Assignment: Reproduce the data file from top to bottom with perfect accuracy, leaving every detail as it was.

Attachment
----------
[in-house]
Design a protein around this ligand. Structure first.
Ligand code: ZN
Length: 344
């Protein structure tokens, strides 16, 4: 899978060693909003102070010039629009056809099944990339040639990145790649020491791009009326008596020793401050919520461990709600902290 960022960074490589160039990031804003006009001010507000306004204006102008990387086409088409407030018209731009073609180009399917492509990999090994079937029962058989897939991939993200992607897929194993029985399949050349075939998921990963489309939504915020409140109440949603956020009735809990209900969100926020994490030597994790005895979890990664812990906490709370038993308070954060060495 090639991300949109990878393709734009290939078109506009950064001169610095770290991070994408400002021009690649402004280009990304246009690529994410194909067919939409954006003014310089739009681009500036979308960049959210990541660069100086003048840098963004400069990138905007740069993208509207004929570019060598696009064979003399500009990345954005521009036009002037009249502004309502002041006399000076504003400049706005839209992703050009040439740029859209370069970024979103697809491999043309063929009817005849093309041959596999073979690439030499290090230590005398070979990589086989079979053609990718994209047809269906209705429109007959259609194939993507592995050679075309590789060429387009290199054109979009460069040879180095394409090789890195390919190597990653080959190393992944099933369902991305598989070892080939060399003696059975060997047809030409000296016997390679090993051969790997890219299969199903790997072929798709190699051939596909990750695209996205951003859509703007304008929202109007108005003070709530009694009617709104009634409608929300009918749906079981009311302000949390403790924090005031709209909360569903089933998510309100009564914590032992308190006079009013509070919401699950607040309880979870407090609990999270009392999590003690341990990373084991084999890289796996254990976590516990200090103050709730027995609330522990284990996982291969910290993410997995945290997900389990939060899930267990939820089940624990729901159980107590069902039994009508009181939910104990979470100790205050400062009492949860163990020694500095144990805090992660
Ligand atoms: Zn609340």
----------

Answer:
[in-house]
Design a protein around this ligand. Structure first.
Ligand code: ZN
Length: 344
């Protein structure tokens, strides 16, 4: 899978060693909003102070010039629009056809099944990339040639990145790649020491791009009326008596020793401050919520461990709600902290 960022960074490589160039990031804003006009001010507000306004204006102008990387086409088409407030018209731009073609180009399917492509990999090994079937029962058989897939991939993200992607897929194993029985399949050349075939998921990963489309939504915020409140109440949603956020009735809990209900969100926020994490030597994790005895979890990664812990906490709370038993308070954060060495 090639991300949109990878393709734009290939078109506009950064001169610095770290991070994408400002021009690649402004280009990304246009690529994410194909067919939409954006003014310089739009681009500036979308960049959210990541660069100086003048840098963004400069990138905007740069993208509207004929570019060598696009064979003399500009990345954005521009036009002037009249502004309502002041006399000076504003400049706005839209992703050009040439740029859209370069970024979103697809491999043309063929009817005849093309041959596999073979690439030499290090230590005398070979990589086989079979053609990718994209047809269906209705429109007959259609194939993507592995050679075309590789060429387009290199054109979009460069040879180095394409090789890195390919190597990653080959190393992944099933369902991305598989070892080939060399003696059975060997047809030409000296016997390679090993051969790997890219299969199903790997072929798709190699051939596909990750695209996205951003859509703007304008929202109007108005003070709530009694009617709104009634409608929300009918749906079981009311302000949390403790924090005031709209909360569903089933998510309100009564914590032992308190006079009013509070919401699950607040309880979870407090609990999270009392999590003690341990990373084991084999890289796996254990976590516990200090103050709730027995609330522990284990996982291969910290993410997995945290997900389990939060899930267990939820089940624990729901159980107590069902039994009508009181939910104990979470100790205050400062009492949860163990020694500095144990805090992660
Ligand atoms: Zn609340």